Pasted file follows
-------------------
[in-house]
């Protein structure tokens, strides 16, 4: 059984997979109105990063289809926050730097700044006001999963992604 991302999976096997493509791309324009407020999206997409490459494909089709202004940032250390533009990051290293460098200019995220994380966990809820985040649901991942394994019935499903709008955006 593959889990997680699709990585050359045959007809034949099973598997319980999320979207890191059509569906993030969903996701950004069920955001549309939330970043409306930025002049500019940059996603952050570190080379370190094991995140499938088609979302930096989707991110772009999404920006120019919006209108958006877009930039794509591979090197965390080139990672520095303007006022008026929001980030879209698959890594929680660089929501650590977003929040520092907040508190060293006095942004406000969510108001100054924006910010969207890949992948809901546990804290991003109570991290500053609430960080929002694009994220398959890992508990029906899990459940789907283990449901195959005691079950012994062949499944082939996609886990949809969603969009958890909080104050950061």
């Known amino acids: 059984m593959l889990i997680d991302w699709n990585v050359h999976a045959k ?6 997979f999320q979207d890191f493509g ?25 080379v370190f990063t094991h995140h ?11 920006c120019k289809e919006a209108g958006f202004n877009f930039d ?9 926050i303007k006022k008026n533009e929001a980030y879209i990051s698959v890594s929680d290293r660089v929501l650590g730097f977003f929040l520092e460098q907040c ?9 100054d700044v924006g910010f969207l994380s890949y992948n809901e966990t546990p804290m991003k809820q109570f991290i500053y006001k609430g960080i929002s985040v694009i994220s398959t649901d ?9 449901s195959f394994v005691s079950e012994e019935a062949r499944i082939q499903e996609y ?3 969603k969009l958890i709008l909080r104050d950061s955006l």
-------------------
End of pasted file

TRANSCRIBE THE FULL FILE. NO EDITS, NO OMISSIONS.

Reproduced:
[in-house]
């Protein structure tokens, strides 16, 4: 059984997979109105990063289809926050730097700044006001999963992604 991302999976096997493509791309324009407020999206997409490459494909089709202004940032250390533009990051290293460098200019995220994380966990809820985040649901991942394994019935499903709008955006 593959889990997680699709990585050359045959007809034949099973598997319980999320979207890191059509569906993030969903996701950004069920955001549309939330970043409306930025002049500019940059996603952050570190080379370190094991995140499938088609979302930096989707991110772009999404920006120019919006209108958006877009930039794509591979090197965390080139990672520095303007006022008026929001980030879209698959890594929680660089929501650590977003929040520092907040508190060293006095942004406000969510108001100054924006910010969207890949992948809901546990804290991003109570991290500053609430960080929002694009994220398959890992508990029906899990459940789907283990449901195959005691079950012994062949499944082939996609886990949809969603969009958890909080104050950061």
């Known amino acids: 059984m593959l889990i997680d991302w699709n990585v050359h999976a045959k ?6 997979f999320q979207d890191f493509g ?25 080379v370190f990063t094991h995140h ?11 920006c120019k289809e919006a209108g958006f202004n877009f930039d ?9 926050i303007k006022k008026n533009e929001a980030y879209i990051s698959v890594s929680d290293r660089v929501l650590g730097f977003f929040l520092e460098q907040c ?9 100054d700044v924006g910010f969207l994380s890949y992948n809901e966990t546990p804290m991003k809820q109570f991290i500053y006001k609430g960080i929002s985040v694009i994220s398959t649901d ?9 449901s195959f394994v005691s079950e012994e019935a062949r499944i082939q499903e996609y ?3 969603k969009l958890i709008l909080r104050d950061s955006l």